21st April, 2020
It’s been talked about for weeks: we all know that stimulus checks are being dispersed to Americans. But who qualifies? How will you get it? Will everyone get the full amount? Are the checks taxable? In this episode of Making Finance Fun, my goal is to answer all of your need-to-know questions. Check it out!
Outline of This Episode
- [0:00] Write a review for my free eBook!
- [1:10] What’s the deal with the stimulus checks?
- [2:25] Do you qualify for the tax credit?
- [6:45] Who doesn’t qualify and why
- [8:31] Are these stimulus checks taxable?
- [12:03] How you’ll get your check
- [14:21] Embrace this time the best you can
Who qualifies for the stimulus checks?
Here’s the breakdown:
- For single adults making less than $75,000: You get $1,200
- For married filing jointly and making under $150,000: You get $2,400
- Head of Household making less than $112,500: You get $1,200
- Each child under 17: You (the parent) get $500
They base this on your 2018 tax return—only if you haven’t yet filed for 2019. There IS a phase-out if you make over $75,000 (individual), $150,000 as a married couple, or $112,500 as head of household.
Who doesn’t qualify?
If you make MORE than $99,000 (individual), $198,000 filing jointly, or $136,500 as head of household, you will NOT get a stimulus check. The only saving grace is that you will STILL get $500 per each child under 17 in the household. Plus—there’s no limit on the number of children that you can claim.
Are these stimulus checks taxable?
The short and easy answer is no, they are NOT taxable. Why? Because these checks are considered a “refundable tax credit”. If you’re staring blankly and crickets are chirping in the background—you’re not alone. I get it, it’s 100% confusing. Here’s a simple way to break it down:
Let’s say you have a child and you’re filing your taxes. Once everything is processed, it’s calculated that you owe $10,000. But wait—because of a child tax credit, $2,000 of that amount is knocked off. So you only owe $8,000.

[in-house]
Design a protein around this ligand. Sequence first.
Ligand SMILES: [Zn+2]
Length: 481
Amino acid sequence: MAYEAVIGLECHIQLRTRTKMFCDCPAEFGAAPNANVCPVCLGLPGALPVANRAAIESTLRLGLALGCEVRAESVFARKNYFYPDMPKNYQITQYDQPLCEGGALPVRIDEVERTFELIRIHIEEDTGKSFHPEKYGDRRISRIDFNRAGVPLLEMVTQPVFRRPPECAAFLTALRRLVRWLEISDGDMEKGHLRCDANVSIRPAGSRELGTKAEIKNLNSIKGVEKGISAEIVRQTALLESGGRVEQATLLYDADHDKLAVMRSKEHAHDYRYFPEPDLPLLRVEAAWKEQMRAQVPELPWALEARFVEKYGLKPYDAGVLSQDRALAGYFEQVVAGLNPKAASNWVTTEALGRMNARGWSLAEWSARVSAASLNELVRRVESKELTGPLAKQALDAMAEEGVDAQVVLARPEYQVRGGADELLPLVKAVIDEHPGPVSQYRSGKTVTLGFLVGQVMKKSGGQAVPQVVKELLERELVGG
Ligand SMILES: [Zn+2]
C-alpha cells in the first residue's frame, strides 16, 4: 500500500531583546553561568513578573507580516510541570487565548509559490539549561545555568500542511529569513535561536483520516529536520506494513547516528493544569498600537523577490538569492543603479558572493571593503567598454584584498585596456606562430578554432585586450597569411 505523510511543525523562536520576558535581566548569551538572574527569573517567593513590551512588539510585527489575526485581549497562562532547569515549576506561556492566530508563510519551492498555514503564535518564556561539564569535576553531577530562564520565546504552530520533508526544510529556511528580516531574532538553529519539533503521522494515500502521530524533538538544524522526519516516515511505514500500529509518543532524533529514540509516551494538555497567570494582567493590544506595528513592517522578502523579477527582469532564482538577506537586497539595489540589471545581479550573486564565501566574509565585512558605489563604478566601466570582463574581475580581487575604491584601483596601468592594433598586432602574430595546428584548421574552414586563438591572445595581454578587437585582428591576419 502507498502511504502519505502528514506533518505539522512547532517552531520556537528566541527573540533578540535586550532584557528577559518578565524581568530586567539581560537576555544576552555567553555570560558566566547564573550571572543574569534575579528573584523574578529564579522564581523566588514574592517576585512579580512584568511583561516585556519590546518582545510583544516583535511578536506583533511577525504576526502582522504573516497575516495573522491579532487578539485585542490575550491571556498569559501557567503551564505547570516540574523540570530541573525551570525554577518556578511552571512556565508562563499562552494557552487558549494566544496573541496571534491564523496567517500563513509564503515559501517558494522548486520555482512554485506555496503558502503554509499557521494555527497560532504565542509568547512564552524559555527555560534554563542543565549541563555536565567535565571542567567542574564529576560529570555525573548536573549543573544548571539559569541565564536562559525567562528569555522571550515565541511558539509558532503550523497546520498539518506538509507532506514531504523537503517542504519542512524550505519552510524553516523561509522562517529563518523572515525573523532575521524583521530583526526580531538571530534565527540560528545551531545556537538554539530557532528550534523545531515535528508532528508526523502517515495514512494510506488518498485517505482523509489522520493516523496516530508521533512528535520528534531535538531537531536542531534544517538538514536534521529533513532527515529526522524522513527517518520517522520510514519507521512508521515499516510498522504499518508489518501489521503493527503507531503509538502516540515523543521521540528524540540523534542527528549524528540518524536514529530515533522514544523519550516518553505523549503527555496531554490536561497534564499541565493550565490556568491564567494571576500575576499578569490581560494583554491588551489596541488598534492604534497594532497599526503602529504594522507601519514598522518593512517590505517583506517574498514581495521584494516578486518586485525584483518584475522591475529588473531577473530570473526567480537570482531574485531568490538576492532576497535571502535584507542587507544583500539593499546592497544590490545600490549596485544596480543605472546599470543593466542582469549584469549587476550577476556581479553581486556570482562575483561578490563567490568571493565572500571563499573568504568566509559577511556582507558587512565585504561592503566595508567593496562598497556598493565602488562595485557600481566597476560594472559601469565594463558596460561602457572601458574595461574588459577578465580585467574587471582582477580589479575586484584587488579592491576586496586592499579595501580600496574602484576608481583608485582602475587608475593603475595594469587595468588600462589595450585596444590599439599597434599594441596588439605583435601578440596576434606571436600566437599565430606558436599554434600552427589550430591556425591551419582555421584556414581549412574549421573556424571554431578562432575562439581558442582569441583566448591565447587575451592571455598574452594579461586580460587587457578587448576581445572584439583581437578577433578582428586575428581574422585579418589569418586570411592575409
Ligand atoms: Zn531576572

The stimulus checks are a one-time (currently) tax credit applied to your 2020 taxes that you’re getting in advance in the form of cash. It will not affect your 2020 tax filing in the slightest.
HOW and WHEN will you get the money?
If you have direct deposit on file with the IRS you’ll get your money via that route—and fairly quickly. As of the date this episode is airing (4/21/2020), I’ve heard of numerous people already receiving their credit.
If you typically receive your tax refund via check in the mail, things will be a little trickier for you. When I recorded this episode, the IRS stated they’d be creating a portal when you can give them your banking information. UPDATE: The link to the portal is below.
If you opt-out of giving the IRS your banking information, you’ll see your stimulus check far later, perhaps even July, with the latest projection into September. Either way, it will take longer than you expect if you wait for it to be mailed to you.
Resources & People Mentioned
- Business Insider Article
- Forbes Article on Stimulus Checks
- IRS information on Stimulus Checks
- IRS Portal
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